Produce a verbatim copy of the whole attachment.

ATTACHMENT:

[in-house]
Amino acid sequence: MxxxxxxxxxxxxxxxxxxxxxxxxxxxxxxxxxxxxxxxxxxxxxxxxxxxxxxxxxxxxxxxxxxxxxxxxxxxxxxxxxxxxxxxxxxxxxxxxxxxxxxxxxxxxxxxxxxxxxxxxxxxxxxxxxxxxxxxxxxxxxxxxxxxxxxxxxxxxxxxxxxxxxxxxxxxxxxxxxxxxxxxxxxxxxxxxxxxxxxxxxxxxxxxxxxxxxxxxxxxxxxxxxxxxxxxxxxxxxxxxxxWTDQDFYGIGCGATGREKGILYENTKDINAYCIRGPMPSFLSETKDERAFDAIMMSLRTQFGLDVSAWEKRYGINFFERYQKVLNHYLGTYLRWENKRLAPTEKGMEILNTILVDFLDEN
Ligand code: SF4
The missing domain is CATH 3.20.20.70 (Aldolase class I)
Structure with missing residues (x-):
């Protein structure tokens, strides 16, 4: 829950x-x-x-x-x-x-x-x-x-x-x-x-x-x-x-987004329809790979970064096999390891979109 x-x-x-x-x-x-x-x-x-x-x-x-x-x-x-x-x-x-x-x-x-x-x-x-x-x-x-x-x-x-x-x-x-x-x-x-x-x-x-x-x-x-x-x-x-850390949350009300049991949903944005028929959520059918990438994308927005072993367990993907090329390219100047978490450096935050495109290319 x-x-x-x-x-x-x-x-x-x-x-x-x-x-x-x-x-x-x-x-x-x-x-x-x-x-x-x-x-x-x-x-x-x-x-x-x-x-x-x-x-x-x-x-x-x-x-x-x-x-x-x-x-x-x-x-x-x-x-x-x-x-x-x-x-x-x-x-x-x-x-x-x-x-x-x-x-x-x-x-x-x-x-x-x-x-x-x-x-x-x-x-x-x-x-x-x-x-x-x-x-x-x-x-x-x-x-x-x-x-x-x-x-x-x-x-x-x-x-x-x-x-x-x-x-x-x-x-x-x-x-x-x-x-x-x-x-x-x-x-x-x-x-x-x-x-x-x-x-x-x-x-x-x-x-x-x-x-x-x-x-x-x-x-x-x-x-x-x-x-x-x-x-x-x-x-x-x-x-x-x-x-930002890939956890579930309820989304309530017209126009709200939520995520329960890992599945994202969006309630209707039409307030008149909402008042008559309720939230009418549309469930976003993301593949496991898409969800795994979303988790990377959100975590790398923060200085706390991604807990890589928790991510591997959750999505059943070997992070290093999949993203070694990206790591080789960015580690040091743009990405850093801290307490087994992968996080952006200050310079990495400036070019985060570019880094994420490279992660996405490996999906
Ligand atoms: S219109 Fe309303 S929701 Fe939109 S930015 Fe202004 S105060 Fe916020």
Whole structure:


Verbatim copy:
[in-house]
Amino acid sequence: MxxxxxxxxxxxxxxxxxxxxxxxxxxxxxxxxxxxxxxxxxxxxxxxxxxxxxxxxxxxxxxxxxxxxxxxxxxxxxxxxxxxxxxxxxxxxxxxxxxxxxxxxxxxxxxxxxxxxxxxxxxxxxxxxxxxxxxxxxxxxxxxxxxxxxxxxxxxxxxxxxxxxxxxxxxxxxxxxxxxxxxxxxxxxxxxxxxxxxxxxxxxxxxxxxxxxxxxxxxxxxxxxxxxxxxxxxxxxxxxxxxWTDQDFYGIGCGATGREKGILYENTKDINAYCIRGPMPSFLSETKDERAFDAIMMSLRTQFGLDVSAWEKRYGINFFERYQKVLNHYLGTYLRWENKRLAPTEKGMEILNTILVDFLDEN
Ligand code: SF4
The missing domain is CATH 3.20.20.70 (Aldolase class I)
Structure with missing residues (x-):
């Protein structure tokens, strides 16, 4: 829950x-x-x-x-x-x-x-x-x-x-x-x-x-x-x-987004329809790979970064096999390891979109 x-x-x-x-x-x-x-x-x-x-x-x-x-x-x-x-x-x-x-x-x-x-x-x-x-x-x-x-x-x-x-x-x-x-x-x-x-x-x-x-x-x-x-x-x-850390949350009300049991949903944005028929959520059918990438994308927005072993367990993907090329390219100047978490450096935050495109290319 x-x-x-x-x-x-x-x-x-x-x-x-x-x-x-x-x-x-x-x-x-x-x-x-x-x-x-x-x-x-x-x-x-x-x-x-x-x-x-x-x-x-x-x-x-x-x-x-x-x-x-x-x-x-x-x-x-x-x-x-x-x-x-x-x-x-x-x-x-x-x-x-x-x-x-x-x-x-x-x-x-x-x-x-x-x-x-x-x-x-x-x-x-x-x-x-x-x-x-x-x-x-x-x-x-x-x-x-x-x-x-x-x-x-x-x-x-x-x-x-x-x-x-x-x-x-x-x-x-x-x-x-x-x-x-x-x-x-x-x-x-x-x-x-x-x-x-x-x-x-x-x-x-x-x-x-x-x-x-x-x-x-x-x-x-x-x-x-x-x-x-x-x-x-x-x-x-x-x-x-x-x-930002890939956890579930309820989304309530017209126009709200939520995520329960890992599945994202969006309630209707039409307030008149909402008042008559309720939230009418549309469930976003993301593949496991898409969800795994979303988790990377959100975590790398923060200085706390991604807990890589928790991510591997959750999505059943070997992070290093999949993203070694990206790591080789960015580690040091743009990405850093801290307490087994992968996080952006200050310079990495400036070019985060570019880094994420490279992660996405490996999906
Ligand atoms: S219109 Fe309303 S929701 Fe939109 S930015 Fe202004 S105060 Fe916020």
Whole structure: